failing on top of the world.

I just returned from Tokyo, where I conducted three 5-day, intense, back to back mediation trainings, hosted by Hitotsubashi University. Learning mediation (or anything) requires the freedom to experiment — and fail — and a comfort level with vulnerability. We had great conversations about how this was challenging in a context that often values perfection and face-saving. So here’s a little collection of sketches for my students who gave themselves permission to learn by screwing up and by exposing their emotional strengths.

deep six pack.

There are actually seven drawings below, but I’m not so good with numbers. You can cut all the flowers, but you cannot keep spring from coming.  –Pablo Neruda

 It’s amazing how much you can learn if your intentions are truly earnest. — Chuck Berry, RIP

 A moral being is one who is capable of reflecting on his past actions — Charles Darwin

Break a vase, and the love that reassembles the fragments is stronger than that love which took its symmetry for granted when it was whole. — Derek Walcott, RIP

Peace is the generous, tranquil contribution of all. Peace Is dynamism. Peace is generosity. — Archbishop Oscar Romero

If you understood everything I said, you’d be me. — Miles Davis

The violets in the mountains have broken the rocks. — Tennessee Williams

Guest post: Mediating in Brooklyn Criminal Court!

Criminal Court Mediation Makes a Difference in Brooklyn  

By Michele Kirschbaum and Emily Sernaker

“It’s quite stressful living in conflict, and it would have been better to do something sooner. Unfortunately, it took an arrest to get there. It’s a really wonderful thing you offer to people.” These are the words of a Brooklyn man from a groundbreaking project at New York Peace Institute – the Criminal Court Mediation Program.

The program — a collaboration between the Kings County District Attorney’s Office, Legal Aid Services, Brooklyn Defender Services and New York Peace Institute — offers an innovative alternative for resolving misdemeanor cases. Residents with criminal court cases often want to address harm, repair relationships, and ultimately get their case out of the criminal justice system. Mediation can make this possible.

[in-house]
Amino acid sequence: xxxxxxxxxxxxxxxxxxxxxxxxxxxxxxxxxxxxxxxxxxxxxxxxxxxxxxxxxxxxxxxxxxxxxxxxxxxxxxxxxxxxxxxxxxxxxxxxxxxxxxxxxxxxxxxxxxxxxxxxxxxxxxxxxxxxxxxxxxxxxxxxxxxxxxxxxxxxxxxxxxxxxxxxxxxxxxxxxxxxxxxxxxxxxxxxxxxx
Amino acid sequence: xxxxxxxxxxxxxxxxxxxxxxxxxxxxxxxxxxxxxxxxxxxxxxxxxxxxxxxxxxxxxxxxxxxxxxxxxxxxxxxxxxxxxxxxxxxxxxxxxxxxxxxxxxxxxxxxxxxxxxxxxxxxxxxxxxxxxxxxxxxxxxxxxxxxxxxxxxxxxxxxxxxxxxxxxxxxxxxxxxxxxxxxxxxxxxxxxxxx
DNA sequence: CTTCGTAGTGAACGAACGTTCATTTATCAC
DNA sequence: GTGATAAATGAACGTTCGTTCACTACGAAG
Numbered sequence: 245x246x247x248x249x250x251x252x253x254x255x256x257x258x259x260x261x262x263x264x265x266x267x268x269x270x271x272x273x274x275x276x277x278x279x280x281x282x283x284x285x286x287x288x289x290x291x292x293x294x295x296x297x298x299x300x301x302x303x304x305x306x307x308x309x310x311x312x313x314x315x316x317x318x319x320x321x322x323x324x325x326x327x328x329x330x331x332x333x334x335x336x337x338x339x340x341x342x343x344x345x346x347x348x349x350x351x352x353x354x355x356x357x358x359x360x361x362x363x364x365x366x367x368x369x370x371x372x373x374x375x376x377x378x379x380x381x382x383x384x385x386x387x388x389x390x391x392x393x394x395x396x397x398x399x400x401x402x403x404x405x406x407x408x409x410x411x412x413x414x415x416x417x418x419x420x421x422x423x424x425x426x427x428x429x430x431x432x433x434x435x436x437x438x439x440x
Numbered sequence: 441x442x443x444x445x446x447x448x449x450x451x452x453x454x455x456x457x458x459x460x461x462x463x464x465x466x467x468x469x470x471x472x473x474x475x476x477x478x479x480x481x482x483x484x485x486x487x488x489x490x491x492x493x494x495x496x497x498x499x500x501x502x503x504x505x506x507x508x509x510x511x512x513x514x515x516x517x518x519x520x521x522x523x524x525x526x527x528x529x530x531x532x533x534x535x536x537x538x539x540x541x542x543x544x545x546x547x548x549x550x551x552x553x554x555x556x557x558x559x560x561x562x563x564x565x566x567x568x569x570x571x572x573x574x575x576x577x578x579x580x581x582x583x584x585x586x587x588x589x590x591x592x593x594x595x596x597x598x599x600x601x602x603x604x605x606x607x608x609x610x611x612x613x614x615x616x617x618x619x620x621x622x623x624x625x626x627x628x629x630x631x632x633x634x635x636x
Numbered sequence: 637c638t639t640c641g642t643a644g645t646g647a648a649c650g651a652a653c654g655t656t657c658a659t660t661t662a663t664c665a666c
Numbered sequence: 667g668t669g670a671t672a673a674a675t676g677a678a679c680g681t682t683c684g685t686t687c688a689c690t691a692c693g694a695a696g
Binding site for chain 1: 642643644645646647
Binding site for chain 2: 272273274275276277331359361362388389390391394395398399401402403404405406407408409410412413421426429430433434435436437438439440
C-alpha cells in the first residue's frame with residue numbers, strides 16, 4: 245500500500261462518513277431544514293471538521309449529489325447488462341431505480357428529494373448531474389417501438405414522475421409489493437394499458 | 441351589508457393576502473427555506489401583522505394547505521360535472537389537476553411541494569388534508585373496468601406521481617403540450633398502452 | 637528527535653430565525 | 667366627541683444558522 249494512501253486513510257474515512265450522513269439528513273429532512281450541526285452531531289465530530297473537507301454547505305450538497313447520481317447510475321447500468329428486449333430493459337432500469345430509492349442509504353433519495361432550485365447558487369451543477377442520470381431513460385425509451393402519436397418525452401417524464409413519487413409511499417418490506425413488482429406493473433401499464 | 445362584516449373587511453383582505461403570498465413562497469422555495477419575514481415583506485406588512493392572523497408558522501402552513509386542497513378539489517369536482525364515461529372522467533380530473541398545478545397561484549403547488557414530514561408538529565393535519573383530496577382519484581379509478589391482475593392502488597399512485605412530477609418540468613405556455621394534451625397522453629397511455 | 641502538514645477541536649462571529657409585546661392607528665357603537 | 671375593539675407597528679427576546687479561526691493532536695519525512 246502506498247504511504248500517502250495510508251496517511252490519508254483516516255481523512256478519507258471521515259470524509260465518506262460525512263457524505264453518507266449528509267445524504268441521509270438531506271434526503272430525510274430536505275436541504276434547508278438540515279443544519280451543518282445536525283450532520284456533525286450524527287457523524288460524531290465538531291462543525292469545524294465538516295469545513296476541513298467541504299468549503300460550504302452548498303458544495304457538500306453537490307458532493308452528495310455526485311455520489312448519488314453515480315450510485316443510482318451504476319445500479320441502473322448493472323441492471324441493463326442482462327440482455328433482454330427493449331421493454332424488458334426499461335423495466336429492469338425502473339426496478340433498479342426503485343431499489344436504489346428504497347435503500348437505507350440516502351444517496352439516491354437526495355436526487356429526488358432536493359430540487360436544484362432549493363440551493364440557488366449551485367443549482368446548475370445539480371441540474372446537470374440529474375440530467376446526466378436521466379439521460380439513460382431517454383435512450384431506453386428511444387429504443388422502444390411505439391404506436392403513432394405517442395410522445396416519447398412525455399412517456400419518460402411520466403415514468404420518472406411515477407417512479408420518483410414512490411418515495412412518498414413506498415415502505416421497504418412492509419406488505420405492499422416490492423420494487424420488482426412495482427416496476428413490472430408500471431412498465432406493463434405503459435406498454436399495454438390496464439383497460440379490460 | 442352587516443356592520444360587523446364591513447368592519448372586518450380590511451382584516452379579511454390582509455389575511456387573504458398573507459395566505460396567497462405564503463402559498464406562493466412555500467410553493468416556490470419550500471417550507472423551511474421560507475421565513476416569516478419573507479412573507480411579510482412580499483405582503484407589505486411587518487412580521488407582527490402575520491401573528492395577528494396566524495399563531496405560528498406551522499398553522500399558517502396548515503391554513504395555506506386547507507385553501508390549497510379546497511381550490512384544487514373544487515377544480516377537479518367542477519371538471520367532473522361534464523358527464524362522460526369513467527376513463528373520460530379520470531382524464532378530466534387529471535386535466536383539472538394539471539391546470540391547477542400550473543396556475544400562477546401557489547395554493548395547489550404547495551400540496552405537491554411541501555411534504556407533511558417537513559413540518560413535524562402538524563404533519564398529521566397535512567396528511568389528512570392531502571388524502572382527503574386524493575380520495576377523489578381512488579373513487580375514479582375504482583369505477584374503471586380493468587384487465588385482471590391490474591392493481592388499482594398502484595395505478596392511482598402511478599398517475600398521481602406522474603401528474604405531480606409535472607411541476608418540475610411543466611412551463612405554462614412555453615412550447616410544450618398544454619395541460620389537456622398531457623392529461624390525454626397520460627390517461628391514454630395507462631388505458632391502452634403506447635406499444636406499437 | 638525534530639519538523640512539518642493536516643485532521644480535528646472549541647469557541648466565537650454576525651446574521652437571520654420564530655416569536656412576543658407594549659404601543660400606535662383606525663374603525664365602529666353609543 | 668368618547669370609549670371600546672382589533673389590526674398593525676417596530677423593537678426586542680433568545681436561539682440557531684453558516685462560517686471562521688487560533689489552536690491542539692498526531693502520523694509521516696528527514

Acting District Attorney Gonzalez meets with New York Peace Institute Staff

Mediation gives both parties a chance to discuss what happened and helps them decide how they’d like to move forward. If the parties are able to resolve their dispute, they frequently make a request to the judge about the disposition of the court case. One young person who participated in mediation said: “Without mediation, my sister and I probably wouldn’t have even been talking, and we definitely wouldn’t be as close as we are now. If we didn’t have this opportunity, I think I would probably be re-arrested and incarcerated for another domestic incident charge.” Mediation also helps parties understand one another better. As one participant explained, “The mediator broke down what the other party was saying so I could get it. I understand now where he was coming from, and why this happened.”

Over the past 5 years, the program has yielded spectacular results with an 80% agreement rate. “It’s obvious – both from our experience every day and research – that we need new ways to resolve criminal cases, in a manner that’s just and promotes public safety,” says Acting District Attorney Eric Gonzalez. “Every prosecutor has to be open to new ideas that keep moving us away from incarceration as our only response to crime. The court – not to mention the entire community – benefits from every just disposition of a criminal case. Community alternatives improve the administration of justice in every case, for every defendant, by reducing dockets, easing backlogs, and concentrating traditional resources on the cases that most need them. Mediation, and its benefits, is a particularly important tool provided by New York Peace Institute.”

Acting District Attorney Gonzalez and New York Peace Institute’s Michele Kirschbaum and Meredith Gray

“Within the last 5 years we have refined our programs to fit the needs of families, friends, co-workers, neighbors and more,” says New York Peace Institute Restorative Justice Coordinator Meredith Gray. “We know from our clients that talking face to face in a supportive environment is vital to repairing relationships. People on both sides desire empowerment within the court process.”

The Criminal Court Mediation Program is just one service that New York Peace Institute offers the community.  The organization provides restorative justice and anti-violence programing in schools, as well as mediation for Small Claims and Civil Court cases, custody, visitation, child support, Special Education, and housing disputes. New York Peace Institute serves as the primary trainers for certified dispute resolution professionals in the city. It is a leader in conflict resolution and communication skill building both domestically and abroad, and has trained organizations and institutions such as the New York Police Department, Administration for Children’s Services and the Department of Education.

Acting District Attorney Gonzalez

“I would invite anyone to see what we’ve done in Brooklyn as an example of the exciting work we can do with alternative resolutions like mediation,” says DA Gonzalez. “We are bounded only by our own creativity and our commitment to the communities we serve. I know that New York Peace Institute and others will help us continue to innovate, creating and implementing new tools for doing justice, promoting safety and making peace.”